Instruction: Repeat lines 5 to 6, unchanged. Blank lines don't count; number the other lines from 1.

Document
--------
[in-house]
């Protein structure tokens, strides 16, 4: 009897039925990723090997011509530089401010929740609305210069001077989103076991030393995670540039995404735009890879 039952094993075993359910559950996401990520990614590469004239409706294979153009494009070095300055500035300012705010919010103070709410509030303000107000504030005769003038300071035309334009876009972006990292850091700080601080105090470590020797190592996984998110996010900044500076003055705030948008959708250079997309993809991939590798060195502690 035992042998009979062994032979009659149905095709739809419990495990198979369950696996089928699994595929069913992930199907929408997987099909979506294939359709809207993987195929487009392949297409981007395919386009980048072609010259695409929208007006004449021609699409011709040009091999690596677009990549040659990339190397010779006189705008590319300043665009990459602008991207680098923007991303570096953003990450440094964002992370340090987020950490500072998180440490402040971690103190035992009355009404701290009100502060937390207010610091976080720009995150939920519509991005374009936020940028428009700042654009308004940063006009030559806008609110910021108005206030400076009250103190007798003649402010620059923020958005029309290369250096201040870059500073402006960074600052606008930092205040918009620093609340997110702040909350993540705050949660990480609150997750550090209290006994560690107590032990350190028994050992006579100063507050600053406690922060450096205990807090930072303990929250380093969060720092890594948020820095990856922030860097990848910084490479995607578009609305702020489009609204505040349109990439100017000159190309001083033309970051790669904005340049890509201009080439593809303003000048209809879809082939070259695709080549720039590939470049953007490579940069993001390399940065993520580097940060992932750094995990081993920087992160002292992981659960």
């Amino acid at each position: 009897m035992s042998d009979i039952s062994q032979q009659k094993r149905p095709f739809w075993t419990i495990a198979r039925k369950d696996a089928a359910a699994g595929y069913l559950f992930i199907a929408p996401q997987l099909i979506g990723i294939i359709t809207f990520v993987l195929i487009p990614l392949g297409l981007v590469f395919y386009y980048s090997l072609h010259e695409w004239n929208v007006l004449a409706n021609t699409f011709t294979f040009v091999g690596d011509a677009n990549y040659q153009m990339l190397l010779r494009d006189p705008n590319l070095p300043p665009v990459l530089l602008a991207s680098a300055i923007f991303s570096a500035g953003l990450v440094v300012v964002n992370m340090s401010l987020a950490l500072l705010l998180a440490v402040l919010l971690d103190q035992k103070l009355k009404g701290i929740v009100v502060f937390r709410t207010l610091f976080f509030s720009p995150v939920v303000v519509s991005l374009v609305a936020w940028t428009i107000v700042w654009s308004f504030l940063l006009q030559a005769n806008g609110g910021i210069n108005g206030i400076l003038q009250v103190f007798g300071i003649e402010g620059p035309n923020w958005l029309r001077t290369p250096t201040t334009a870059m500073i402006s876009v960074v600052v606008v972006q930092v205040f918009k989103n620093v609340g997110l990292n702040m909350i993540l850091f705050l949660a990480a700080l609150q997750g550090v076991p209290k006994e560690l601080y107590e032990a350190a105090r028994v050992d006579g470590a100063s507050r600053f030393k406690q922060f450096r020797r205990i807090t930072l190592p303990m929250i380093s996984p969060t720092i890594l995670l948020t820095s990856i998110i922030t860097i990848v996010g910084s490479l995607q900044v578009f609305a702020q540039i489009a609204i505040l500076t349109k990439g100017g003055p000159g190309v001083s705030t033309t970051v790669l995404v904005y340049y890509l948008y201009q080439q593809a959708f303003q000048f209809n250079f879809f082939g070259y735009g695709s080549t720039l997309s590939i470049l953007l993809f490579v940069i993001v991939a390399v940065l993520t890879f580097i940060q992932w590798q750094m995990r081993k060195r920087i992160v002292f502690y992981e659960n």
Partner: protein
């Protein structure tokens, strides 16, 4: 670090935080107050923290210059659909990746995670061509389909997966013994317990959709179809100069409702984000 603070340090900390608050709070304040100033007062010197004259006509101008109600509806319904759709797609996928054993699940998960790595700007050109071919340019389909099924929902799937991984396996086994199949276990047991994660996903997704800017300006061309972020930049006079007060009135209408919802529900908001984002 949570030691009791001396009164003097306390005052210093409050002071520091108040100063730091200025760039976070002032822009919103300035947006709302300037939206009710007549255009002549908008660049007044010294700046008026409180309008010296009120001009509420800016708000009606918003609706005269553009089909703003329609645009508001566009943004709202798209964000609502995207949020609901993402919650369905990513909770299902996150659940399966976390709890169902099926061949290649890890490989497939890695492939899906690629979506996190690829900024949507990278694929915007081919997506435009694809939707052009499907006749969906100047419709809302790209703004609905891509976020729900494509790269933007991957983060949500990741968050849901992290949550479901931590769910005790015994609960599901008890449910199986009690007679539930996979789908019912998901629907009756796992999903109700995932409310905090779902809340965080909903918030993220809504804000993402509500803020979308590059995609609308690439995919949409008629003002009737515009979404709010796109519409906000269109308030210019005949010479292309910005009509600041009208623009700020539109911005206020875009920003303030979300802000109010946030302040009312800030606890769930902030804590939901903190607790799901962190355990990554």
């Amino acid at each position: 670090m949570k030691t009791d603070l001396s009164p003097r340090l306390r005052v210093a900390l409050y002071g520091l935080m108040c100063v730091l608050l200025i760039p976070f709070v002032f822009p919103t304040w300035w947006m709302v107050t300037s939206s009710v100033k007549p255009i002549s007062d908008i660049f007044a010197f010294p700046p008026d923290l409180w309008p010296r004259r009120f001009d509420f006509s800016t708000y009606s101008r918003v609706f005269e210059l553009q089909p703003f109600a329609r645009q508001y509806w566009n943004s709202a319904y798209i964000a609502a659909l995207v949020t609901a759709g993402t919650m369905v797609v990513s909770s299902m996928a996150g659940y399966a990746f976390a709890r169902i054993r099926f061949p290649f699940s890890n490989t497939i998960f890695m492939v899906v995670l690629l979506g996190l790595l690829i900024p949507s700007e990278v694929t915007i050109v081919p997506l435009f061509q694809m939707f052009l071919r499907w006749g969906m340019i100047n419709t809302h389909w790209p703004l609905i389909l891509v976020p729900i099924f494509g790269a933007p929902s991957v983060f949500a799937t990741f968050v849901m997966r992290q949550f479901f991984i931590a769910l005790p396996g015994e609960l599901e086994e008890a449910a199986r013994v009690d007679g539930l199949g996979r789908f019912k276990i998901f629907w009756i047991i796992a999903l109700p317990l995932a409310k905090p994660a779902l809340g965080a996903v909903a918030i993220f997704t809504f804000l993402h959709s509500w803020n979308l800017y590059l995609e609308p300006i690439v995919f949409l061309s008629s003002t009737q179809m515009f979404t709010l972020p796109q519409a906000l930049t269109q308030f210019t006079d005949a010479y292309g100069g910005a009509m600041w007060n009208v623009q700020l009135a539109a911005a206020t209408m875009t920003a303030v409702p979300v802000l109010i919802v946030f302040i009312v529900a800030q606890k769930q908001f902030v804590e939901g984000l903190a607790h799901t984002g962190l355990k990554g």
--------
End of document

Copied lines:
């Protein structure tokens, strides 16, 4: 670090935080107050923290210059659909990746995670061509389909997966013994317990959709179809100069409702984000 603070340090900390608050709070304040100033007062010197004259006509101008109600509806319904759709797609996928054993699940998960790595700007050109071919340019389909099924929902799937991984396996086994199949276990047991994660996903997704800017300006061309972020930049006079007060009135209408919802529900908001984002 949570030691009791001396009164003097306390005052210093409050002071520091108040100063730091200025760039976070002032822009919103300035947006709302300037939206009710007549255009002549908008660049007044010294700046008026409180309008010296009120001009509420800016708000009606918003609706005269553009089909703003329609645009508001566009943004709202798209964000609502995207949020609901993402919650369905990513909770299902996150659940399966976390709890169902099926061949290649890890490989497939890695492939899906690629979506996190690829900024949507990278694929915007081919997506435009694809939707052009499907006749969906100047419709809302790209703004609905891509976020729900494509790269933007991957983060949500990741968050849901992290949550479901931590769910005790015994609960599901008890449910199986009690007679539930996979789908019912998901629907009756796992999903109700995932409310905090779902809340965080909903918030993220809504804000993402509500803020979308590059995609609308690439995919949409008629003002009737515009979404709010796109519409906000269109308030210019005949010479292309910005009509600041009208623009700020539109911005206020875009920003303030979300802000109010946030302040009312800030606890769930902030804590939901903190607790799901962190355990990554």
């Amino acid at each position: 670090m949570k030691t009791d603070l001396s009164p003097r340090l306390r005052v210093a900390l409050y002071g520091l935080m108040c100063v730091l608050l200025i760039p976070f709070v002032f822009p919103t304040w300035w947006m709302v107050t300037s939206s009710v100033k007549p255009i002549s007062d908008i660049f007044a010197f010294p700046p008026d923290l409180w309008p010296r004259r009120f001009d509420f006509s800016t708000y009606s101008r918003v609706f005269e210059l553009q089909p703003f109600a329609r645009q508001y509806w566009n943004s709202a319904y798209i964000a609502a659909l995207v949020t609901a759709g993402t919650m369905v797609v990513s909770s299902m996928a996150g659940y399966a990746f976390a709890r169902i054993r099926f061949p290649f699940s890890n490989t497939i998960f890695m492939v899906v995670l690629l979506g996190l790595l690829i900024p949507s700007e990278v694929t915007i050109v081919p997506l435009f061509q694809m939707f052009l071919r499907w006749g969906m340019i100047n419709t809302h389909w790209p703004l609905i389909l891509v976020p729900i099924f494509g790269a933007p929902s991957v983060f949500a799937t990741f968050v849901m997966r992290q949550f479901f991984i931590a769910l005790p396996g015994e609960l599901e086994e008890a449910a199986r013994v009690d007679g539930l199949g996979r789908f019912k276990i998901f629907w009756i047991i796992a999903l109700p317990l995932a409310k905090p994660a779902l809340g965080a996903v909903a918030i993220f997704t809504f804000l993402h959709s509500w803020n979308l800017y590059l995609e609308p300006i690439v995919f949409l061309s008629s003002t009737q179809m515009f979404t709010l972020p796109q519409a906000l930049t269109q308030f210019t006079d005949a010479y292309g100069g910005a009509m600041w007060n009208v623009q700020l009135a539109a911005a206020t209408m875009t920003a303030v409702p979300v802000l109010i919802v946030f302040i009312v529900a800030q606890k769930q908001f902030v804590e939901g984000l903190a607790h799901t984002g962190l355990k990554g």